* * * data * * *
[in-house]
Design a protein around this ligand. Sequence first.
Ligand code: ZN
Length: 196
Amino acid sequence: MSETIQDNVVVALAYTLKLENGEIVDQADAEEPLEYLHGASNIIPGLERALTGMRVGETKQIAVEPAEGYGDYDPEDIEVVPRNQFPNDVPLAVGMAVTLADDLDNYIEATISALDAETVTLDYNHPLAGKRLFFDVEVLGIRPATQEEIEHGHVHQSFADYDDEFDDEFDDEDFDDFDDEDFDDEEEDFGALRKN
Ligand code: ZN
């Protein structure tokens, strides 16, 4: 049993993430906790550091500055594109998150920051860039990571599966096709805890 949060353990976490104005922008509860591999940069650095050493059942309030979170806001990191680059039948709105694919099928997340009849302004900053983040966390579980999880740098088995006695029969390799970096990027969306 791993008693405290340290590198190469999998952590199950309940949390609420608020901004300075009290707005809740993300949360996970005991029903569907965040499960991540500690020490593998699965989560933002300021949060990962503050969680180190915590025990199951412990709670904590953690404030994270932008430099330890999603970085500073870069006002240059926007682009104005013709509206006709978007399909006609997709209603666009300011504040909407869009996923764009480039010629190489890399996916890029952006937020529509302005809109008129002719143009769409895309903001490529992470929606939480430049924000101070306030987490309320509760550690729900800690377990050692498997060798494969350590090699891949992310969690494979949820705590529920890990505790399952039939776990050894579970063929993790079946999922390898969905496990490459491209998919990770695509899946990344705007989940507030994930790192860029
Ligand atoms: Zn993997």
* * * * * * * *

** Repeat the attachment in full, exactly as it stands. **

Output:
[in-house]
Design a protein around this ligand. Sequence first.
Ligand code: ZN
Length: 196
Amino acid sequence: MSETIQDNVVVALAYTLKLENGEIVDQADAEEPLEYLHGASNIIPGLERALTGMRVGETKQIAVEPAEGYGDYDPEDIEVVPRNQFPNDVPLAVGMAVTLADDLDNYIEATISALDAETVTLDYNHPLAGKRLFFDVEVLGIRPATQEEIEHGHVHQSFADYDDEFDDEFDDEDFDDFDDEDFDDEEEDFGALRKN
Ligand code: ZN
């Protein structure tokens, strides 16, 4: 049993993430906790550091500055594109998150920051860039990571599966096709805890 949060353990976490104005922008509860591999940069650095050493059942309030979170806001990191680059039948709105694919099928997340009849302004900053983040966390579980999880740098088995006695029969390799970096990027969306 791993008693405290340290590198190469999998952590199950309940949390609420608020901004300075009290707005809740993300949360996970005991029903569907965040499960991540500690020490593998699965989560933002300021949060990962503050969680180190915590025990199951412990709670904590953690404030994270932008430099330890999603970085500073870069006002240059926007682009104005013709509206006709978007399909006609997709209603666009300011504040909407869009996923764009480039010629190489890399996916890029952006937020529509302005809109008129002719143009769409895309903001490529992470929606939480430049924000101070306030987490309320509760550690729900800690377990050692498997060798494969350590090699891949992310969690494979949820705590529920890990505790399952039939776990050894579970063929993790079946999922390898969905496990490459491209998919990770695509899946990344705007989940507030994930790192860029
Ligand atoms: Zn993997």